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Tori youshiki@Ž~—˜—lŽ®
CATEGORY:@art history / sculptures
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A style of sculpture represented by the work of the 7c sculptor known as Tori busshi Ž~—˜•§Žt. Tori was believed to be the grandson of Chinese immigrant artist Shiba Tatsuto Ži”n’B“™. Tori was also the head of a group of craftsmen originally from China called kuratsukuri-be ˆÆì•”. His style was strongly influenced by Northern Wei Dynasty statuary such as the Lung Men —³–å rock carvings (5-6c). A good example of Tori's work is the Shaka triad (Shaka sanzonzou Žß‰ÞŽO‘¸‘œ; 623) in Houryuuji Kondou –@—²Ž›‹à“°, Nara. The statues are made of gilt bronze, and have wide-open eyes with clearly delineated lids *kyouninkei ˆÇmŒ`. The lips are slightly upturned in an expression known as the archaic smile, or kosetsu ŒÃÙ, and the Shaka's robe falls in angular, stylized waves. Tori youshiki was very influential in the 6-7c, and various extant works in the same style are believed to have been made by members of Tori's school, Toriha Ž~—˜”h or his descendants. A well-known work is the Guze Kannon ‹~¢ŠÏ‰¹ (gilt-wood) in Houryuuji Yumedono –@—²Ž›–²“a showing characteristic facial features and formalized symmetrical drapery (date and artist unknown).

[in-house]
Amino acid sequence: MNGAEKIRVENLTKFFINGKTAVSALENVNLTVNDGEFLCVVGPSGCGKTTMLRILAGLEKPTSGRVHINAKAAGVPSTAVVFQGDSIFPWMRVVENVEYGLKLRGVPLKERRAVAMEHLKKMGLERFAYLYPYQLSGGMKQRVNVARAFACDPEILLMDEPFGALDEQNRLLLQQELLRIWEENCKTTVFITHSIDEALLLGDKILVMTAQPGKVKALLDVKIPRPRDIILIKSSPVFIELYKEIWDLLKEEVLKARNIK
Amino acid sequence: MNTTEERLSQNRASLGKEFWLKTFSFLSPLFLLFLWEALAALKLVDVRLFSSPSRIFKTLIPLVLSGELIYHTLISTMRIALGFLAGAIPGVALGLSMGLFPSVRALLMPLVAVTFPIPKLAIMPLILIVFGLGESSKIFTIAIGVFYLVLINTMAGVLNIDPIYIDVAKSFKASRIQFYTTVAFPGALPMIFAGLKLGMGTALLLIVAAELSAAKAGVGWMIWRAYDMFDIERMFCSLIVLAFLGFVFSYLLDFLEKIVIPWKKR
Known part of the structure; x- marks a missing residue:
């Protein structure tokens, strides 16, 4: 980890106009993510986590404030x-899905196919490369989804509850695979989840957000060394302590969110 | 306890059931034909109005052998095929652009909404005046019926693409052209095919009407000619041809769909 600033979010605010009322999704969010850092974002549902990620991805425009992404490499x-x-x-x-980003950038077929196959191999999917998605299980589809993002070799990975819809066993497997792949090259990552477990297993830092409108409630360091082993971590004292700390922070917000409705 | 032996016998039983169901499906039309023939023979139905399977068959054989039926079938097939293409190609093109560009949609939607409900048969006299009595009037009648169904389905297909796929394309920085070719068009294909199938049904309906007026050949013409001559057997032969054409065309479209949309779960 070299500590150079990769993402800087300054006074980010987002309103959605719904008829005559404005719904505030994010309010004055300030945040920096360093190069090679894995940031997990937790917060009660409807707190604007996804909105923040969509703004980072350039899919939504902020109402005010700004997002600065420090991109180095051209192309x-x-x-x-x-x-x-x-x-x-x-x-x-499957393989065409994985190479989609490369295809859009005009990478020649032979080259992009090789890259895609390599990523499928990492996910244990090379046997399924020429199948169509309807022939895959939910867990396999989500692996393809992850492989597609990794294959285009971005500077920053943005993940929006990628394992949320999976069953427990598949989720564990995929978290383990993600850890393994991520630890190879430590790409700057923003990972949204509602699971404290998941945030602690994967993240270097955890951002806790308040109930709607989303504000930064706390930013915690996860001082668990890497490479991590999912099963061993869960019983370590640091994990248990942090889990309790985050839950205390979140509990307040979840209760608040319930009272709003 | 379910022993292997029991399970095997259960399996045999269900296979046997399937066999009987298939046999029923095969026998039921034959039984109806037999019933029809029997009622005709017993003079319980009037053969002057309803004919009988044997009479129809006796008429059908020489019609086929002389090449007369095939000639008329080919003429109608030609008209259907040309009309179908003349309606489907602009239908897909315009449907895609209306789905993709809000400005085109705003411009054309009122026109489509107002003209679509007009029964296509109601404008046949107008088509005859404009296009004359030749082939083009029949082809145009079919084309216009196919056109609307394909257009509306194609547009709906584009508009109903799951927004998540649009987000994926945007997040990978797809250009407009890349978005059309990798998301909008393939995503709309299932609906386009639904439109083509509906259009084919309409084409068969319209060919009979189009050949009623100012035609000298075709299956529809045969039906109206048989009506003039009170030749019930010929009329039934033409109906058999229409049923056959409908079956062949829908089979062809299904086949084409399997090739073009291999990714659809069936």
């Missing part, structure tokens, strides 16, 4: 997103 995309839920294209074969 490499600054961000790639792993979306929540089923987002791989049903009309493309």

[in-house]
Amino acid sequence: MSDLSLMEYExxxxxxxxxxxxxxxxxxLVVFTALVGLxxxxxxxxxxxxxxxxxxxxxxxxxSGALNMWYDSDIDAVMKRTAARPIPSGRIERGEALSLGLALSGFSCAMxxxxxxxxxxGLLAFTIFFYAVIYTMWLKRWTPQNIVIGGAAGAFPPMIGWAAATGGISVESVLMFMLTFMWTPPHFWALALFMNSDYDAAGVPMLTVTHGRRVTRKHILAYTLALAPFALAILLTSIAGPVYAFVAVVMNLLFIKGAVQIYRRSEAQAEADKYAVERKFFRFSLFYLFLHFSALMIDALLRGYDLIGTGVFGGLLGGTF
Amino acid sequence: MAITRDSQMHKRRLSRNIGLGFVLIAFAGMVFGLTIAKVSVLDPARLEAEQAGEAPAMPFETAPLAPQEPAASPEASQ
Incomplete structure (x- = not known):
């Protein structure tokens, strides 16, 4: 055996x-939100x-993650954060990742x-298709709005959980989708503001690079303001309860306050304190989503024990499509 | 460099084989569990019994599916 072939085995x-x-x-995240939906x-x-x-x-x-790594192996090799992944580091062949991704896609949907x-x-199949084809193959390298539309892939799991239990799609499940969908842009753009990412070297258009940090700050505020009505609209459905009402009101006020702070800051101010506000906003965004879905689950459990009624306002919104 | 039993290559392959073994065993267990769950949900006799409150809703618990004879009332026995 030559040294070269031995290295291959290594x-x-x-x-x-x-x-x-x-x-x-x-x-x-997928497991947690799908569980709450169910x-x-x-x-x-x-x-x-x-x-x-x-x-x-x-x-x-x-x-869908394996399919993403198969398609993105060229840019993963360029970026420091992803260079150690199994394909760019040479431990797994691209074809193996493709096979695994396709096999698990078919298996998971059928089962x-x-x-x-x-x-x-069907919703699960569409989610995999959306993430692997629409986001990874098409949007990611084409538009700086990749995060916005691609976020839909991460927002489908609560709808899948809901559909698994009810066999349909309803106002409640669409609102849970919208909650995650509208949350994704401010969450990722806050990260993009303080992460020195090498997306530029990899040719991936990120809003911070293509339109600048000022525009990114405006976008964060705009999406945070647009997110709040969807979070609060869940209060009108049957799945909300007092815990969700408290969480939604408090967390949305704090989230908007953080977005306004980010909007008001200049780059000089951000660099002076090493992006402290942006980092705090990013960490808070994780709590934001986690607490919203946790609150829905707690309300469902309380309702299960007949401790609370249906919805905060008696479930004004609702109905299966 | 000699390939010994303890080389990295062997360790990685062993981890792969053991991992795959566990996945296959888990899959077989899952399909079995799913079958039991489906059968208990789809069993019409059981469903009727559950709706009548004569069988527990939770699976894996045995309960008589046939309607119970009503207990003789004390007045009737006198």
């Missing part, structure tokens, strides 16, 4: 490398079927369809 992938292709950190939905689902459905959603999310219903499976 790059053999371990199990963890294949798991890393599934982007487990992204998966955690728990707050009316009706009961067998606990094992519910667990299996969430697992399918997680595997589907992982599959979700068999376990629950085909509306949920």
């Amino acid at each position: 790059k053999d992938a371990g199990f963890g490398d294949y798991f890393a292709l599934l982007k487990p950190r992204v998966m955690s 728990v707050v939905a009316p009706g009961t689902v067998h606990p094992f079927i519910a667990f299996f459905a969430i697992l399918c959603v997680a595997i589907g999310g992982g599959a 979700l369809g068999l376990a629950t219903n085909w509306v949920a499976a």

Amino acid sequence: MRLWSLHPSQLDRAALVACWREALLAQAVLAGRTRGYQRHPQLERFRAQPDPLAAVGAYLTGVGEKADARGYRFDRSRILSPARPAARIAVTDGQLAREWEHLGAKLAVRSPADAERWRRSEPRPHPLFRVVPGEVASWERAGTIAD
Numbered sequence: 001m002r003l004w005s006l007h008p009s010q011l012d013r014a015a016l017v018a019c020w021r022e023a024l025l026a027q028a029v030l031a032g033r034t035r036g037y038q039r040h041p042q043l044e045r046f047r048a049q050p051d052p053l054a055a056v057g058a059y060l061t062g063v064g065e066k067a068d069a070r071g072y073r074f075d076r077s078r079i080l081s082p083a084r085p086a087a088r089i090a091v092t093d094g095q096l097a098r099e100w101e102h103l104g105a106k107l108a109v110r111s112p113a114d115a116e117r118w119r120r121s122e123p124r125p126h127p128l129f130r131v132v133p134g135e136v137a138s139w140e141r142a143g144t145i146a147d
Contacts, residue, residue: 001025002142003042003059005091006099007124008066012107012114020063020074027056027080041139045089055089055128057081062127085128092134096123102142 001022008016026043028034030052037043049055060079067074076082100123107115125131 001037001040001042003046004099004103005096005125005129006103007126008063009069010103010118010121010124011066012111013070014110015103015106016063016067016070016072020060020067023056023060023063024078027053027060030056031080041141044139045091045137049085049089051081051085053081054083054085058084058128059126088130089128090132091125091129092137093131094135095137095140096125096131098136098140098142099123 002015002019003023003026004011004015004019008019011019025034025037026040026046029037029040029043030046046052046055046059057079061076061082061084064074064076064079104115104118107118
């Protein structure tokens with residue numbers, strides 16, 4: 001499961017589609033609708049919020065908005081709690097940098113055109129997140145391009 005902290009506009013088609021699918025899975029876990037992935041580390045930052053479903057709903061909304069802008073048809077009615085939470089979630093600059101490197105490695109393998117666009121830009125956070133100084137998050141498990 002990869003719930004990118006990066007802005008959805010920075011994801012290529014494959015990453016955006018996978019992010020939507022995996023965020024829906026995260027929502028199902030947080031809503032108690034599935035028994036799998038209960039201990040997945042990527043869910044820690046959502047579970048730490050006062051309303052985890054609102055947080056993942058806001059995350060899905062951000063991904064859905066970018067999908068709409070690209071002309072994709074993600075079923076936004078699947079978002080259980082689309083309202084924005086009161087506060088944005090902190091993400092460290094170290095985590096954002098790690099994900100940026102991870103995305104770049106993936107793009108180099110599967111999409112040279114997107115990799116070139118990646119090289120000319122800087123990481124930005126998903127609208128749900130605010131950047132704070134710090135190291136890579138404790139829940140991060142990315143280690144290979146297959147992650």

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(C)2001 Japanese Architecture and Art Net Users System.@No reproduction or republication without written permission.
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